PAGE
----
He opened wide his eyes: what’s this? who has done it? I explained that I had made the diagram after I had read an article about the need to have a series of values for a cancer index to interpret it and asked him about his opinion. He expected me to mention a hard copy venerable medical journal but when I told him that I had researched the internet and found this article from researchers of a well known American university, he immediately burst out: You read medical issues on the internet? this is non-sense. I was surprised by his reaction and insisted on having his interpretation. He hadn’t! most probably because he had never heard of of the importance of series of values of cancer indexes…
    After this past story of how I started tracking, what I have remarked in your Tables Track Health Indicators or Symptoms and Track for self or others is that the demographics correspond more or less with the demographics of users of internet in Greece:
    – men 18-49years old with college education earning more than 25.000euro, urbanites
    What surprised me in the tracking tools is that even in the US with the widespread use of laptops, tablets and smart phones paper tracking and keeping track in head hold very strong!

    • Thanks, Kathi – I will add this to my list of favorite “early-internet ghost stories” when MDs could not understand where people were getting information that was more up to date than their own knowledge (and in many cases, refused to consider that they could learn from their patients).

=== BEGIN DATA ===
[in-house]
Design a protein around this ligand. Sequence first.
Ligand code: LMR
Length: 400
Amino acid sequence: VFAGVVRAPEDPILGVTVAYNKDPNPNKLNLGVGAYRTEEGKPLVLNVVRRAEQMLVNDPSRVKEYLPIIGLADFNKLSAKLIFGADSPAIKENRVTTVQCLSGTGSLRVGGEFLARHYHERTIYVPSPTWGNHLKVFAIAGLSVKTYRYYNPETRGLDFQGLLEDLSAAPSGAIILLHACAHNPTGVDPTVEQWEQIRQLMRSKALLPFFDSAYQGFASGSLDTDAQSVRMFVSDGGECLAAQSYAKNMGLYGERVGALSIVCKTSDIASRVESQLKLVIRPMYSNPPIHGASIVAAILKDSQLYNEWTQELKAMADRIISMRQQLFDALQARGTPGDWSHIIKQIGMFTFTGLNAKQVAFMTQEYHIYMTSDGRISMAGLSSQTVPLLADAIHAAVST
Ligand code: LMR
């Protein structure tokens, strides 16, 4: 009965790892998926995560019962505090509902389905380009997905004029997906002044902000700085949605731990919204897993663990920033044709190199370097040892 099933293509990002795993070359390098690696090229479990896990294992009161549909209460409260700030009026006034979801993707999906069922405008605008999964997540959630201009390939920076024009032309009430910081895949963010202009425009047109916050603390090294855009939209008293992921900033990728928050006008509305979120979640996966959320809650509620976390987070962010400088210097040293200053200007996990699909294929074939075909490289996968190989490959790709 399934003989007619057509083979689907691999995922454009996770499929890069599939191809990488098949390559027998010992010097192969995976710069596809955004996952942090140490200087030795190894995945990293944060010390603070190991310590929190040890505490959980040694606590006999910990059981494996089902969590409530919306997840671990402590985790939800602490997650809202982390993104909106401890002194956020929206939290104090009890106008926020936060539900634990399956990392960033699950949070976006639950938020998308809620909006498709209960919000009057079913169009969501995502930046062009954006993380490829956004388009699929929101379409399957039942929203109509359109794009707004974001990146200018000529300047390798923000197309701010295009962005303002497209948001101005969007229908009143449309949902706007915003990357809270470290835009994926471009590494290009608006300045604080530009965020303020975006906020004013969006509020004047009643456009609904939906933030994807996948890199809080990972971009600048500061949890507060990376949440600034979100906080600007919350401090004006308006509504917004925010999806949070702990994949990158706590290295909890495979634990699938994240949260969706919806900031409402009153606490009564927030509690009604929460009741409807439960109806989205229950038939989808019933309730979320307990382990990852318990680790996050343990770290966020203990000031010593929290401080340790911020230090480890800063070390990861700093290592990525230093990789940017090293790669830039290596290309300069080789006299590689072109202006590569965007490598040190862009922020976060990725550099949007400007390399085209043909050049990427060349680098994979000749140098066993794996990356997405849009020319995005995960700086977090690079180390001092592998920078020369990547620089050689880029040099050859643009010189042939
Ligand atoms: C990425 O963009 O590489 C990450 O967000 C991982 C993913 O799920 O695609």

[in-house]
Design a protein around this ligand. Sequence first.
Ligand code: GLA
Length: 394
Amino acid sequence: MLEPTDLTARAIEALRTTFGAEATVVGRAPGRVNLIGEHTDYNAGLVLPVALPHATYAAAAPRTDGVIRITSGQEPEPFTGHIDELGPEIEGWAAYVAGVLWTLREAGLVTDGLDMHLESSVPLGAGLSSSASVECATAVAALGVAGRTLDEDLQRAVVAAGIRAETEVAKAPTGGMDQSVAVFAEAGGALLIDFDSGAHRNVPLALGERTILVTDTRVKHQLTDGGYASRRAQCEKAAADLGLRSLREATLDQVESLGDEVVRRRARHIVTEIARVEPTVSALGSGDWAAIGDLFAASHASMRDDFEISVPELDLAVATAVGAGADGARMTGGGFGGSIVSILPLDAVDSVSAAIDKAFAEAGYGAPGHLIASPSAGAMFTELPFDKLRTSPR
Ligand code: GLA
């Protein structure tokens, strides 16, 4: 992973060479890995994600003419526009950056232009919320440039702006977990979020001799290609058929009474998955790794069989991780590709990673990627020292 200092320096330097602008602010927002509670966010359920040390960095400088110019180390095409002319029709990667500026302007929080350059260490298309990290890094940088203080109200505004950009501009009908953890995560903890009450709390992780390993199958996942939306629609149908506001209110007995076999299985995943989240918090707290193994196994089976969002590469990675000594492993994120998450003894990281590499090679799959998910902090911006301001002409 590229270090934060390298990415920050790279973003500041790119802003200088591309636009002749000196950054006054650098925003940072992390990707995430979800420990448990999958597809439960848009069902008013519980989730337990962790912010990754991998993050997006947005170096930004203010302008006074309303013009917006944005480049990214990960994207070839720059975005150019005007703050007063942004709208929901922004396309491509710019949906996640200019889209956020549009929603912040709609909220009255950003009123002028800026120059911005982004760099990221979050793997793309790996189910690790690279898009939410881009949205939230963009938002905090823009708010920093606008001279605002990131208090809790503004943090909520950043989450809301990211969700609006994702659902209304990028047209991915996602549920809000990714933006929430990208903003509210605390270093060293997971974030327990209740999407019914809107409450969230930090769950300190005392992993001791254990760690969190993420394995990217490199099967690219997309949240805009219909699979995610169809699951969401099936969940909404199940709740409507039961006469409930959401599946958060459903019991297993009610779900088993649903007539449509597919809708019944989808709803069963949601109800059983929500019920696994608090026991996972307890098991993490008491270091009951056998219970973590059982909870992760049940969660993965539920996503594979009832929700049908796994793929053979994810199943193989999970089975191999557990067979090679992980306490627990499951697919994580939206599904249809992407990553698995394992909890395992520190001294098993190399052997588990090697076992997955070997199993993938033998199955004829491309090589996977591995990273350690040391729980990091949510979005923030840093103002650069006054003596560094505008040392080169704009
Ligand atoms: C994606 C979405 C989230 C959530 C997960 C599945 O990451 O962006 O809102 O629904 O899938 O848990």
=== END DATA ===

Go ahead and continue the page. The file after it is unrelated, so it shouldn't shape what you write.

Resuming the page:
As for the strong hold of paper and “in your head” tracking — yes, that is one of the most important findings of this Pew Research study.

  3. Why men are more likely to share their symptoms with women than the other way around? As Dr. Oxford from University of London said “Men think they are going to die when they are unwell, so they go to bed and expect women to look after them.”

    Pew data are very interesting and there are many sides to the health tracking story. Aurametrix users helped me to identify guilt and fear as some of the reasons preventing them to track their health. And there are more. The road to culture change in health care is going to be long and thorny.

    • Thank you!

      I like data better than generalizations, but um, I have observed that gendered response to illness.

      I’m very interested in learning more about the role of guilt and fear in holding people back from health tracking. If you have studies or articles to share, I’d appreciate it.